Statoil fails to find oil in Arctic’s Hoop program

Statoil ASA has wrapped up its 2014 exploration program in the Hoop area of the Norwegian Barents Sea, northeast of Johan Castberg, without making any commercial discoveries.

Three exploration wells—the Atlantis and Apollo in PL615 and Mercury in PL614—were drilled during the summer, with Atlantis and Mercury resulting in two small gas discoveries.

Statoil says it proved a good reservoir in Apollo, where, notably, the Statoil-contracted Spitsbergen drilling rig was boarded May 26 by members of the environmental activist group Greenpeace (OGJ Online, May 27, 2014). However, no hydrocarbons were encountered at the prospect.

“We are naturally disappointed with the results of this summer’s drilling campaign in the Hoop area,” commented Irene Rummelhoff, Statoil senior vice-president for exploration on the Norway continental shelf.

“However, it is important to understand that Hoop is a frontier area of more than 15,000 sq km with only six wells completed to date, so we do not have all the answers about the subsurface yet. Noncommercial discoveries and dry wells are part of the game in frontier exploration. They provide important knowledge about the area.”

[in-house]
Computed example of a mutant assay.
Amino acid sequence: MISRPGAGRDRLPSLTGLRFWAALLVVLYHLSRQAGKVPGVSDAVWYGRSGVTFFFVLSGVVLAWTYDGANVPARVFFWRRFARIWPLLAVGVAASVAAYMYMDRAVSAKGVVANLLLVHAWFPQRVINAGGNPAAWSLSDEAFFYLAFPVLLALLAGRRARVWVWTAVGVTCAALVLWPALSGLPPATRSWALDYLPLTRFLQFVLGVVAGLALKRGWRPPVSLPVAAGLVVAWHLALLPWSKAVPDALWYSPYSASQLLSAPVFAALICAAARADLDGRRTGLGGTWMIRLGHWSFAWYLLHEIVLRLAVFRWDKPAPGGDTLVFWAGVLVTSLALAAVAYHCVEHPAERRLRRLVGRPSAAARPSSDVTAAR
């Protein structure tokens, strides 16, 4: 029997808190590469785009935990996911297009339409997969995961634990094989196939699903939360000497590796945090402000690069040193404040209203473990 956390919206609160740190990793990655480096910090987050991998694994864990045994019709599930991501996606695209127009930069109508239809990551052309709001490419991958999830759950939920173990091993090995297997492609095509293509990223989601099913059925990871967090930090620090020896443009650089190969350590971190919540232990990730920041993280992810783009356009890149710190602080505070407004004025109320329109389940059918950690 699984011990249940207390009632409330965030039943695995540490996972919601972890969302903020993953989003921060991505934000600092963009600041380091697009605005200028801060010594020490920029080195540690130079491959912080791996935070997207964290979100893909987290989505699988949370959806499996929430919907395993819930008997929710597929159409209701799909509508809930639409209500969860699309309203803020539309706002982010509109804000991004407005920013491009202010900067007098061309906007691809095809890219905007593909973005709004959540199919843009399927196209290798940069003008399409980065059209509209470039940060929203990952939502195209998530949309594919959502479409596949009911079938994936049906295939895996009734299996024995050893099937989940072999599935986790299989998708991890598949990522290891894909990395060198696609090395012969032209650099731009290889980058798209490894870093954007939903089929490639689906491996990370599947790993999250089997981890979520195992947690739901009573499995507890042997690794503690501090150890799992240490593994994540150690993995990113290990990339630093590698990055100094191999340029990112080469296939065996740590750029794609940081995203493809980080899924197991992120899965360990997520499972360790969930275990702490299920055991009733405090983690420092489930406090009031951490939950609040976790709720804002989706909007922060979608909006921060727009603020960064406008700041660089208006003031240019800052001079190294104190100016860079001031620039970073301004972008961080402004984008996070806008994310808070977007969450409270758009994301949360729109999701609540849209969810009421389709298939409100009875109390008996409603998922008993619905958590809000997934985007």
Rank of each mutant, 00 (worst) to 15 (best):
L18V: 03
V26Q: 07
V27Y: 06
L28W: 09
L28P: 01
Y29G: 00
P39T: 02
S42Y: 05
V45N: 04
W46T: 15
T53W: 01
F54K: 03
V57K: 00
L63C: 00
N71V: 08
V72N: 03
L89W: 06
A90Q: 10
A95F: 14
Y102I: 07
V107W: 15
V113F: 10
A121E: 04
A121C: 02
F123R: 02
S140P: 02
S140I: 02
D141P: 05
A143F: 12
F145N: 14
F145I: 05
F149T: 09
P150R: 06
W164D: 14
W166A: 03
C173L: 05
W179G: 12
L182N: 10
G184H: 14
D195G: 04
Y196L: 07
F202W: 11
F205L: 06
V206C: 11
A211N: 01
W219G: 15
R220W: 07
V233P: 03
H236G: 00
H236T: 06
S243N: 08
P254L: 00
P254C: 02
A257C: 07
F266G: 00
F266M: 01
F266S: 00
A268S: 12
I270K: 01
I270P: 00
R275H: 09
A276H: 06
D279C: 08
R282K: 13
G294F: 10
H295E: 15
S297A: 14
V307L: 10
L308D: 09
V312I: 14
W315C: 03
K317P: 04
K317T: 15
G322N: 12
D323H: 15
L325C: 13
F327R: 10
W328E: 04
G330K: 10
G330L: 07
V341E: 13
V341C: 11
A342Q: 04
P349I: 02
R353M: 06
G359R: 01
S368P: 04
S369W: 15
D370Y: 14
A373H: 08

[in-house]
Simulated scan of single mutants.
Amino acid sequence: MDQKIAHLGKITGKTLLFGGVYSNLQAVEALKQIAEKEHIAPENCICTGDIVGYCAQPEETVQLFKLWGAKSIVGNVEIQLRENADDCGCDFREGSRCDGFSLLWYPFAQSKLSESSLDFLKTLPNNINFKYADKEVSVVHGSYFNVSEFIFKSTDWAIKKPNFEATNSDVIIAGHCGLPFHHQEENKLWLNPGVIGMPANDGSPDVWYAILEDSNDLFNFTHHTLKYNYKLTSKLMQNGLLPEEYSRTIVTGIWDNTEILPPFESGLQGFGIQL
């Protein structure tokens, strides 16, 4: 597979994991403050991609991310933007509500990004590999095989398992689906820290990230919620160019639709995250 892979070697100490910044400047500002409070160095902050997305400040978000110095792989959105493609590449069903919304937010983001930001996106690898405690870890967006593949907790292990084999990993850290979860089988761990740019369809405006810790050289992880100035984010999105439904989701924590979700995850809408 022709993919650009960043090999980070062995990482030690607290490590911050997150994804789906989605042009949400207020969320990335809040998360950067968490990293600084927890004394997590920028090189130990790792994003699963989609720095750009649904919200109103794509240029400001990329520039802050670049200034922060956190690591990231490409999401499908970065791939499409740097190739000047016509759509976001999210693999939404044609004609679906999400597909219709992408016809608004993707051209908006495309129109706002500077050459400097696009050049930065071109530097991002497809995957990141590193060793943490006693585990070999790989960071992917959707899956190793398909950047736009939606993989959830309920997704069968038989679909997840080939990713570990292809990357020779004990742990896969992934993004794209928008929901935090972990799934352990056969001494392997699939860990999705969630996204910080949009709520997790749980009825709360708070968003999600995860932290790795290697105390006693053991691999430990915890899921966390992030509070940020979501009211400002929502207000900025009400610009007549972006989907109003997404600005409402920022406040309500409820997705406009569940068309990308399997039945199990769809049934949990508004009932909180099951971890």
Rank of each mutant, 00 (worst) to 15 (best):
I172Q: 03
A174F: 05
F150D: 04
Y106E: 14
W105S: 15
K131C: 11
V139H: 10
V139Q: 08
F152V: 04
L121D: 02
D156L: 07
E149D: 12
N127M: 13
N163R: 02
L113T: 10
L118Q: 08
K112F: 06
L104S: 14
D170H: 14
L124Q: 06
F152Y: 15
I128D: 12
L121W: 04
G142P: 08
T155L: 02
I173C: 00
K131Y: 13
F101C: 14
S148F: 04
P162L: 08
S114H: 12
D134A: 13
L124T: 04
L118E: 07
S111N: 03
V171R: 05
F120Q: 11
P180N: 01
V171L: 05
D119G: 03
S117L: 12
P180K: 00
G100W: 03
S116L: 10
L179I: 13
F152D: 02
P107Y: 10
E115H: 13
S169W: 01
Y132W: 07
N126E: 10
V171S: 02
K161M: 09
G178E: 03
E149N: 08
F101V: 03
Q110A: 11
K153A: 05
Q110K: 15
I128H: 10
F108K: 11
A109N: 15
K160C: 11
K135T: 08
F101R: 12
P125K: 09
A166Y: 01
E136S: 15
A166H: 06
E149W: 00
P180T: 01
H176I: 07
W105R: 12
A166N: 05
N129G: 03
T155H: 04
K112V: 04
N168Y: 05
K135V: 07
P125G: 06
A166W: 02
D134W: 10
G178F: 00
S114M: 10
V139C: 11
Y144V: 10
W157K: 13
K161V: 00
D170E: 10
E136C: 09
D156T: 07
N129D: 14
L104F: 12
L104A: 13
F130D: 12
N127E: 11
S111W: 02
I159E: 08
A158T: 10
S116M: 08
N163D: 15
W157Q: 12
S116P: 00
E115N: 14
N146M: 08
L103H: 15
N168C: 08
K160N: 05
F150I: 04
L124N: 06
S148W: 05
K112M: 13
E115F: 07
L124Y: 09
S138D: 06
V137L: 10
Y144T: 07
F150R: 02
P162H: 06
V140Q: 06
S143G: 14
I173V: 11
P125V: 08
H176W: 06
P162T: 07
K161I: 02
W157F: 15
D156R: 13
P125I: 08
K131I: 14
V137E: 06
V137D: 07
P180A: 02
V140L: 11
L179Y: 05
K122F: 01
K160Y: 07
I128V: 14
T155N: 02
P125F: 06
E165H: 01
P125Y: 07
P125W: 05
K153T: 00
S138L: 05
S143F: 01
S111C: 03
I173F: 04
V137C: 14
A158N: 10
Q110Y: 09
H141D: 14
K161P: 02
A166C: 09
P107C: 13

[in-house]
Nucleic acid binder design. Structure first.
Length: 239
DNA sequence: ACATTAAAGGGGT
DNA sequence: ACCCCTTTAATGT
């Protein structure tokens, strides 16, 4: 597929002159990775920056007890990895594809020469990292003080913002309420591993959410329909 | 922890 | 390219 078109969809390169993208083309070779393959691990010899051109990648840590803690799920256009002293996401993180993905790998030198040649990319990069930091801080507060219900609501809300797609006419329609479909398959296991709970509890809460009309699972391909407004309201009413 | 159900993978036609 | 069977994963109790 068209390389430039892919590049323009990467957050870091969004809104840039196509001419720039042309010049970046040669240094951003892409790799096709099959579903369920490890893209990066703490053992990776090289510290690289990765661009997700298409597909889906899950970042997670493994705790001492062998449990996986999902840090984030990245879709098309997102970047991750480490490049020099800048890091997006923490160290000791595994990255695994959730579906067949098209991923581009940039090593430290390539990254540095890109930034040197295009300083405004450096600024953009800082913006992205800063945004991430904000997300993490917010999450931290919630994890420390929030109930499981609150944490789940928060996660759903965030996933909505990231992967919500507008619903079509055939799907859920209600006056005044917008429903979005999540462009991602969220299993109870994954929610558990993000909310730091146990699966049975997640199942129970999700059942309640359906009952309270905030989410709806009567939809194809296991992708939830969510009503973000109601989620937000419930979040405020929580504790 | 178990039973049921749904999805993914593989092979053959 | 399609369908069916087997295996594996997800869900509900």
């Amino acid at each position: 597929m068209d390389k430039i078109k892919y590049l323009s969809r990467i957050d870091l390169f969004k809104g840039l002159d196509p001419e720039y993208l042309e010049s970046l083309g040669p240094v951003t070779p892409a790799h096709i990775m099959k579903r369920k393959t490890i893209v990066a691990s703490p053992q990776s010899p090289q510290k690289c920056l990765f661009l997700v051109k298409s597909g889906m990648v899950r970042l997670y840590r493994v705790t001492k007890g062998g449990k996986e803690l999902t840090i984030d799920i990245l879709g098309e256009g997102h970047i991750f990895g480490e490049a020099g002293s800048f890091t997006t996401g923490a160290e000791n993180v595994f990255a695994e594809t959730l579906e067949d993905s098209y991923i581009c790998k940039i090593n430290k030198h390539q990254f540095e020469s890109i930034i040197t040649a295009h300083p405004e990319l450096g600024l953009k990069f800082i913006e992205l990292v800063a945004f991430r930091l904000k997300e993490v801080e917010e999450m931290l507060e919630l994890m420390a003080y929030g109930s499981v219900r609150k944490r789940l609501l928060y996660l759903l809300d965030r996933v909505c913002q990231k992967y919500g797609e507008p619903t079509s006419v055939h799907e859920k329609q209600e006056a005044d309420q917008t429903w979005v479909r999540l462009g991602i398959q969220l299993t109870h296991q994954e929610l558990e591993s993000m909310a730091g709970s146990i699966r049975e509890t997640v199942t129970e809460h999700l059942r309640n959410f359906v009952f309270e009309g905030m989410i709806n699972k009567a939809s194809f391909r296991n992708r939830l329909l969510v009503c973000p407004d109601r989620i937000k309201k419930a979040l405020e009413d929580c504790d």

The prospects selected for the campaign tested different play models in varied geological settings and at different depths.

“We will now analyze the data we have acquired in the wells and incorporate it in our subsurface models,” said Rummelhoff. “We have confirmed a working petroleum system in Hoop, but need to work further to understand the migration and where the oil has accumulated. We know from experience that exploring for hydrocarbons in the Barents Sea takes time and stamina.”

In the Hoop area’s neighboring PL537 license, Statoil is partner in the OMV (Norge) AS-operated oil discoveries Wisting Central, the Barents Sea’s northernmost oil discovery estimated to hold 60-160 million bbl of recoverable oil and 10-40 bcf of recoverable gas (OGJ Online, Sept. 6, 2013); and Hanssen, estimated to hold 20-50 million boe, most of which is oil (OGJ Online, July 3, 2014).

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